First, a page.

The assessment of complications in Neurosurgery
This special issue belongs to
|Research & Reviews : Journal of Surgery
Deadline for Manuscript Submission
|March 31st, 2023
Deadline for Publication
|April 15, 2023
Special Issue Description
The evaluation of surgical complications is a crucial technique in neurosurgical practice since it can enhance patient safety and the standard of care.
Due to differing perspectives and definitions of complications and the lack of a recognized classification system for postoperative adverse events, surgical failures may be interpreted subjectively. Several factors can contribute to neurologic deterioration in the postoperative period.
The timing of the deterioration, the type of surgery, and the surgical indication all contribute to the focus of the differential diagnosis. Some of the most frequent complications in patients that neurologists may be required to assess or manage in the postoperative environment include brain edema, high intracranial pressure (ICP), seizures, intracranial bleeding, ischemic infarction, and cranial nerve palsies. Estimating the incidence and severity of complications is challenging due to the considerable diversity in reporting, operation types, patient characteristics, and case acuity.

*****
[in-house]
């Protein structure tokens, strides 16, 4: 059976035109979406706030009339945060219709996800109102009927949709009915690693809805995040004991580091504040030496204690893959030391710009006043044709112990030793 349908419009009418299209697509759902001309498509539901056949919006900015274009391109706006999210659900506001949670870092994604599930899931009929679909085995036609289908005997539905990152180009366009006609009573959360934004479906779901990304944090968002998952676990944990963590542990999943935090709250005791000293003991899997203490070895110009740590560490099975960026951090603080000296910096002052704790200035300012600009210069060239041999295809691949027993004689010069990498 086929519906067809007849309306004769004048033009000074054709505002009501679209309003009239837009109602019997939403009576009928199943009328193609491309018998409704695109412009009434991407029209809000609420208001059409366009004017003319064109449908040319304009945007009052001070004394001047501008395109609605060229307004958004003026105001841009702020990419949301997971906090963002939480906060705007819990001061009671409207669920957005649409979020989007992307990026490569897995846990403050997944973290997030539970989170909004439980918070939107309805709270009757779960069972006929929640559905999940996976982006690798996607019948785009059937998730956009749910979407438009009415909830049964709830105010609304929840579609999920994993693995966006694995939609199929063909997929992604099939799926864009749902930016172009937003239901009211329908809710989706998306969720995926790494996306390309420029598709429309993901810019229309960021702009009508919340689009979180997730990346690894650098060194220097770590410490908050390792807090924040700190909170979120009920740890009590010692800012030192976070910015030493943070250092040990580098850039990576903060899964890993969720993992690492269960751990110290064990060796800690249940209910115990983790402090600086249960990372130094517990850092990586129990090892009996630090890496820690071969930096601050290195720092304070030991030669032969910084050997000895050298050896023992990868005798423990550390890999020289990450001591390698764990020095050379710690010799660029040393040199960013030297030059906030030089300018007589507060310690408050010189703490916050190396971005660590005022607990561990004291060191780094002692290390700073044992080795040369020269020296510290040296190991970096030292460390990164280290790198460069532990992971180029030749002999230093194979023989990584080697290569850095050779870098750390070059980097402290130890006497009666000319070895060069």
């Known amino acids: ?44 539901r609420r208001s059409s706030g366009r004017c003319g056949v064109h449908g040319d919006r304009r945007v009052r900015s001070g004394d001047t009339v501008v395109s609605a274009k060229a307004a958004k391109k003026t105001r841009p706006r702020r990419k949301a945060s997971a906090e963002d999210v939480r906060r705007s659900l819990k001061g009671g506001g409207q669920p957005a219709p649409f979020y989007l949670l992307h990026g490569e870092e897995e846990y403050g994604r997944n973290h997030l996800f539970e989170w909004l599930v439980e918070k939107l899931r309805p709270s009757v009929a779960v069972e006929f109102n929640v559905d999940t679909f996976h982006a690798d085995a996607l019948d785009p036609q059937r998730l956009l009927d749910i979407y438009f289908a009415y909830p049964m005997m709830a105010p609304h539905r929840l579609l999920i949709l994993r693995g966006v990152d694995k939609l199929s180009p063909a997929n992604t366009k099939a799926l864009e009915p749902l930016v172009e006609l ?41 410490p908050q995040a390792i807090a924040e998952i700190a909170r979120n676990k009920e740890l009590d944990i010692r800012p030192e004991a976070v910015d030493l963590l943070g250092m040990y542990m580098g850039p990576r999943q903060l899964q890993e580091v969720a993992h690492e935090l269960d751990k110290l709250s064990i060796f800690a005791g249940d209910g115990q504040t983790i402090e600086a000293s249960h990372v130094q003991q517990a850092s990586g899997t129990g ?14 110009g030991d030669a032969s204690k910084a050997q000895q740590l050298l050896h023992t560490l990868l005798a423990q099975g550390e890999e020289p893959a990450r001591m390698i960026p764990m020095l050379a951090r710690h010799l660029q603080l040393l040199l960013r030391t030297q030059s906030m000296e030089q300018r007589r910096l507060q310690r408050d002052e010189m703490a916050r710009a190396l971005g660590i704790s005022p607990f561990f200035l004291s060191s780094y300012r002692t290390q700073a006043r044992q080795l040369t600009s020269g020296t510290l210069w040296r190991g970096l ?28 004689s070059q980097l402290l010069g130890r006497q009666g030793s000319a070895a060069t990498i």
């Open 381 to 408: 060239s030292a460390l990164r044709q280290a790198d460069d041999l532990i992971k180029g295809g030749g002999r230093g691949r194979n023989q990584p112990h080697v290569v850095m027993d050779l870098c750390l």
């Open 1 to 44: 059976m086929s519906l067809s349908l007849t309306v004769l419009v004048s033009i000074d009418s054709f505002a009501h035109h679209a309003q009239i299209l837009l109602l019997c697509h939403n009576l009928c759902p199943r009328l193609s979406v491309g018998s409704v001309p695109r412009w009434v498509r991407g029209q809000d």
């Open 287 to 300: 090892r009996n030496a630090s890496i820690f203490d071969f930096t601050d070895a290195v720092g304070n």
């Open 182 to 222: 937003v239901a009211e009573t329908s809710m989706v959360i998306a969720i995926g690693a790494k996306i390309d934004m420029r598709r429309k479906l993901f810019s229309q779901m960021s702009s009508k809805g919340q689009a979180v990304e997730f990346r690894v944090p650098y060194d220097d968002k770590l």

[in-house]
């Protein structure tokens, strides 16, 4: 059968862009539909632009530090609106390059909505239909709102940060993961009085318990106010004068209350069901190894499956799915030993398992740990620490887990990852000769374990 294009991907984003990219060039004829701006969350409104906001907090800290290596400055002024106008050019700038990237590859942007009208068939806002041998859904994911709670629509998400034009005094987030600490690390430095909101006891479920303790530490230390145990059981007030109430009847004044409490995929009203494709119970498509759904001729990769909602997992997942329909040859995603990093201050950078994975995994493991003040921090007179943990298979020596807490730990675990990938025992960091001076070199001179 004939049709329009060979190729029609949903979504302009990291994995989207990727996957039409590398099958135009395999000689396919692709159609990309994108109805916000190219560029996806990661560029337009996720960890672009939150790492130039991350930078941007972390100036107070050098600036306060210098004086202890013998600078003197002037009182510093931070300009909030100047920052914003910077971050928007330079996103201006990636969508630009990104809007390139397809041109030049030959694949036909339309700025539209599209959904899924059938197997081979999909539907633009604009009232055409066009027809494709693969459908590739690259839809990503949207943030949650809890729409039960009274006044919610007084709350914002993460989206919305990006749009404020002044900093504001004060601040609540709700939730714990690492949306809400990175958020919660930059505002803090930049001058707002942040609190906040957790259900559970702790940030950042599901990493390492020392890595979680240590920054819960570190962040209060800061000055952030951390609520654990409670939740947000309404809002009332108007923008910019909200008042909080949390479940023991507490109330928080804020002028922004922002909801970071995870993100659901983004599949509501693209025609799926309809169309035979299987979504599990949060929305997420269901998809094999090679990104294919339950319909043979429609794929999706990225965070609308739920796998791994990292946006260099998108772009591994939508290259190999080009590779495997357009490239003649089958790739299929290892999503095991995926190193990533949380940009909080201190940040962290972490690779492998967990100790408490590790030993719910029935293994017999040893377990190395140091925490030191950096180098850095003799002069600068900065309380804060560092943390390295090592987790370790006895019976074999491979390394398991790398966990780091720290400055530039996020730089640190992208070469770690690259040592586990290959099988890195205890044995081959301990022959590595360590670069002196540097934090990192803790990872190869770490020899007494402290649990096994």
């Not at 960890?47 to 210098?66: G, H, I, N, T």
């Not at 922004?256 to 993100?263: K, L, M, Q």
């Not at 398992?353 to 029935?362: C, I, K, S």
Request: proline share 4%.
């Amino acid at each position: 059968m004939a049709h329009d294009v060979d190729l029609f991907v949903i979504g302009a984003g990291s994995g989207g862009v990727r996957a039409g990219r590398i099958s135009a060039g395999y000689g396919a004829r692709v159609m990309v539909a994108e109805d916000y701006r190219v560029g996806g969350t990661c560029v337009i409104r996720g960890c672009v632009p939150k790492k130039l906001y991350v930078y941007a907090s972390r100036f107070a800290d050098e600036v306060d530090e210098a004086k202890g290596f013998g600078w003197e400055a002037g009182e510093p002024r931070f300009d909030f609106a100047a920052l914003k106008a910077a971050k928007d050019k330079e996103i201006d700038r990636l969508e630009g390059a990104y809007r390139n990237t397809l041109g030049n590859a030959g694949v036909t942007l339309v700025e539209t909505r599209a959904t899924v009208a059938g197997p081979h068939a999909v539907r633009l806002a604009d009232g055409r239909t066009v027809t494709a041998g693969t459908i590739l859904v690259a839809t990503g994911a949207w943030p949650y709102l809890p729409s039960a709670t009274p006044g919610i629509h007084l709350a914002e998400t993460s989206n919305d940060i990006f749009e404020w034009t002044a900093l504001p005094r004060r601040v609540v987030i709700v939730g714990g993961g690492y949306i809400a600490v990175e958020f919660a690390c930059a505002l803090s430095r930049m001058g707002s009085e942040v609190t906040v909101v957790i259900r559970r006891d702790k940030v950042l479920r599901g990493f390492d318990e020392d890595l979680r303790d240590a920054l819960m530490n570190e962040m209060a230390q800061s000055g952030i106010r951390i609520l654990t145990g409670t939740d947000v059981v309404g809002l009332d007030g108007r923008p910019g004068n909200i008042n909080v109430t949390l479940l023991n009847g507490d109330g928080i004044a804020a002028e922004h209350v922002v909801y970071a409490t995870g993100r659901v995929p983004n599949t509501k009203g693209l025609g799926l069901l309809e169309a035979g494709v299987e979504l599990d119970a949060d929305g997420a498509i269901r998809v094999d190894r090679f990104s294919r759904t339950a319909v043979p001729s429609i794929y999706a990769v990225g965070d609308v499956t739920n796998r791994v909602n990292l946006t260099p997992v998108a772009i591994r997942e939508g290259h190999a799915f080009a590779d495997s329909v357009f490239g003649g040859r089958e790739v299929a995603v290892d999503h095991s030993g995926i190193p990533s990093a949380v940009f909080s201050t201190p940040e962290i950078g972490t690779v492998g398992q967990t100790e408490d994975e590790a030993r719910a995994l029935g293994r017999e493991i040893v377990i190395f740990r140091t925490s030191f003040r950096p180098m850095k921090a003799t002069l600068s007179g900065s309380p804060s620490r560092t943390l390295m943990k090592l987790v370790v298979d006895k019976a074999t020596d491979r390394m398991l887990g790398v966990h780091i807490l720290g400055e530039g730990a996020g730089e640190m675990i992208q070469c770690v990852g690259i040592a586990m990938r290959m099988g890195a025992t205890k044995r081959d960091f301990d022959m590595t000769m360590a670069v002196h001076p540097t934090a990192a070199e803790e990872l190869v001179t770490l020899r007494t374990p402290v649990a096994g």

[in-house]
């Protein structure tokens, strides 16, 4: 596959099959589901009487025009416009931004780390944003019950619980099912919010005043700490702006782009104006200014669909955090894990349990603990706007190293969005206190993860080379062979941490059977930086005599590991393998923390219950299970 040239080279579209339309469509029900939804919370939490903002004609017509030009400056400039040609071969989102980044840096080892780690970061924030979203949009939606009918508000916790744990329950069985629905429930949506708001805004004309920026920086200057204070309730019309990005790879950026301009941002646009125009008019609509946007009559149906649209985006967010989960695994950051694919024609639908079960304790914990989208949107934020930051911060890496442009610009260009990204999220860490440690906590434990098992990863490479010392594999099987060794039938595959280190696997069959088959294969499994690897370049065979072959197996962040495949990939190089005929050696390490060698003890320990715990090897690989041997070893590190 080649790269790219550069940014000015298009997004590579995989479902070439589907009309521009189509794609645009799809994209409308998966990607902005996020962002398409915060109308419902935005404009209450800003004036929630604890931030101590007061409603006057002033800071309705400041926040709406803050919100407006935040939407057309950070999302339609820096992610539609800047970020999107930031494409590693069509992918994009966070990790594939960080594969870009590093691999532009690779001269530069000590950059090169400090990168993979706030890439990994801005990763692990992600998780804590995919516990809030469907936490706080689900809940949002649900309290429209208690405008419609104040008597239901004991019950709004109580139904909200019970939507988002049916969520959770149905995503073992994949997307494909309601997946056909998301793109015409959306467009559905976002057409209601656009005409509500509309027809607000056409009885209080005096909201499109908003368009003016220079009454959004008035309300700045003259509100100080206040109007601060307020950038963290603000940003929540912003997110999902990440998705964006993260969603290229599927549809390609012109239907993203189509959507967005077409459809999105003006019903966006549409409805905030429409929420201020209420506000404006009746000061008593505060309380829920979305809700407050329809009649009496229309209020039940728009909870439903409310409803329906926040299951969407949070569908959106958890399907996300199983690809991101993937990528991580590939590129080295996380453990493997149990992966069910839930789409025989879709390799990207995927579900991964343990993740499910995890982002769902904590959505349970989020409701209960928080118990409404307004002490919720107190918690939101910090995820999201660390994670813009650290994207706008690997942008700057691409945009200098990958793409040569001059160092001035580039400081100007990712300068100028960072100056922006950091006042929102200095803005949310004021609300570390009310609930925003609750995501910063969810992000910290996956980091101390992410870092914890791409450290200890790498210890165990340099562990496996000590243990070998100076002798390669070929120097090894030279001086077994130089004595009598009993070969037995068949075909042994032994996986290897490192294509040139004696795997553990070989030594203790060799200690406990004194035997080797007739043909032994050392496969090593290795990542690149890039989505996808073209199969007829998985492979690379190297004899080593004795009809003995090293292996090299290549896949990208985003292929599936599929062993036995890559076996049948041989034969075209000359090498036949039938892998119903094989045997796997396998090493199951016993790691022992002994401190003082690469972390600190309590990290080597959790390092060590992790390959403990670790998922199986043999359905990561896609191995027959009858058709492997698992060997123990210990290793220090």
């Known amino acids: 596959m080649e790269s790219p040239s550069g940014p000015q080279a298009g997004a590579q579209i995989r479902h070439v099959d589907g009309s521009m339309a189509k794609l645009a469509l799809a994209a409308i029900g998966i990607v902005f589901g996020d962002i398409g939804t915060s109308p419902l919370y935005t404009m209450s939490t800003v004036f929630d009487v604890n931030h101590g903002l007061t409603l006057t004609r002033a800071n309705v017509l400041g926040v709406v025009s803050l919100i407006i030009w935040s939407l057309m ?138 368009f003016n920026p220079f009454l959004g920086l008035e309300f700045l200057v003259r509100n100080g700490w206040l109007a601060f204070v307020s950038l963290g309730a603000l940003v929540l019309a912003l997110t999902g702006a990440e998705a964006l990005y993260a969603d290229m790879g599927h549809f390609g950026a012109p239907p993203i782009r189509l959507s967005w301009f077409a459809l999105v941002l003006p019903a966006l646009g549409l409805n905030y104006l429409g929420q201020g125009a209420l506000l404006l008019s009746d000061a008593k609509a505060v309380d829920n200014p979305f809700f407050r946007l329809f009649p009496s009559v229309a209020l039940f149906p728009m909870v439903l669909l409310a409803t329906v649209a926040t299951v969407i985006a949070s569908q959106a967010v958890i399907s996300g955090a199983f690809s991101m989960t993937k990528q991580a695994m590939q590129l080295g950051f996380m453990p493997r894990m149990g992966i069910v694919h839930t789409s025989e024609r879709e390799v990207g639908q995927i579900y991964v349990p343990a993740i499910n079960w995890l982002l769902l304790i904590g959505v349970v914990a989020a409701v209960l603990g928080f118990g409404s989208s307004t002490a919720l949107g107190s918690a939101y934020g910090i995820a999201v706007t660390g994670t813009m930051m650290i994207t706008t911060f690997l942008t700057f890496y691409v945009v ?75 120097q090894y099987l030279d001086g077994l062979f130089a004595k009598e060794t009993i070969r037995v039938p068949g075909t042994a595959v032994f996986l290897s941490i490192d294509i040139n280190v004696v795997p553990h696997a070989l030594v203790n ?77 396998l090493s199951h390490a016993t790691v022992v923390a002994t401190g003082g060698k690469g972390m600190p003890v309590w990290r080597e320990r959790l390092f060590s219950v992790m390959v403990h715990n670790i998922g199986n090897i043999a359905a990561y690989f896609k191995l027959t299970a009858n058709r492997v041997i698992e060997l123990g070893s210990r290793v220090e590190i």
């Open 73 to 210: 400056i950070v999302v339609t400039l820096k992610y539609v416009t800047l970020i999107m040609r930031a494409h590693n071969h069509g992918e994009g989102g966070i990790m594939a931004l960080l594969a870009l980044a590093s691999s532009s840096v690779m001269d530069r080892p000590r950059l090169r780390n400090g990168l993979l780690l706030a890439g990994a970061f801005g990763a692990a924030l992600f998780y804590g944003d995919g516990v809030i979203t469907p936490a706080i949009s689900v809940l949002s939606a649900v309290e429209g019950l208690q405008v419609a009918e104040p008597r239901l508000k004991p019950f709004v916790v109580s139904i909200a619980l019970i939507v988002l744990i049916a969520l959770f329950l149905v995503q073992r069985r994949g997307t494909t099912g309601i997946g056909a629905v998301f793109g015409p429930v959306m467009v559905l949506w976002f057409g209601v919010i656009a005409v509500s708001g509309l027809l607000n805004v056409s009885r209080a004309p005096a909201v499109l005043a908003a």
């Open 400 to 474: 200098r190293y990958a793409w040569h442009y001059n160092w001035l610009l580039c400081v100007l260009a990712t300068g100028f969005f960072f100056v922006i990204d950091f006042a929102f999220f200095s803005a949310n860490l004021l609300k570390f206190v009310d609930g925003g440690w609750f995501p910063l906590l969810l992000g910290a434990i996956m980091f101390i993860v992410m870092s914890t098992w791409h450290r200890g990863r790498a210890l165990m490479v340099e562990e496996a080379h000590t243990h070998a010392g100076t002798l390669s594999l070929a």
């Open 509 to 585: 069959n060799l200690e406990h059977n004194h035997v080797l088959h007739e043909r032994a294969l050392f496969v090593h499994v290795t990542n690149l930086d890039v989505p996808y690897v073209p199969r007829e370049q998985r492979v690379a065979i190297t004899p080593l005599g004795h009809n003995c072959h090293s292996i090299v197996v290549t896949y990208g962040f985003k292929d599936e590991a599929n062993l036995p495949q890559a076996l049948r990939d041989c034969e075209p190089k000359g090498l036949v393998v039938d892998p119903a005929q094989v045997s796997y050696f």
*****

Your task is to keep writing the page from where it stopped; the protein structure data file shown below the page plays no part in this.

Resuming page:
Neurosurgical procedures have a 14% overall complication rate, however, these are frequently systemic problems (eg, bleeding requiring transfusion, need for mechanical ventilation). Other typical complications after craniotomies include hyperperfusion syndrome and cranial nerve palsies after carotid endarterectomy, cerebrospinal fluid leaks, aseptic meningitis after posterior fossa surgery, and arterial dissections or groin hematomas after endovascular procedures. These complications are in addition to intracranial hemorrhage, ischemia, and seizures after craniotomies.
The principal neurologic side effects of frequent neurosurgery and endovascular procedures are focused on this special issue.
*Neurological side effects *Neurosurgery *Endovascular procedures *Seizers *Intracranial pressure (ICP)
Manuscript Submission information
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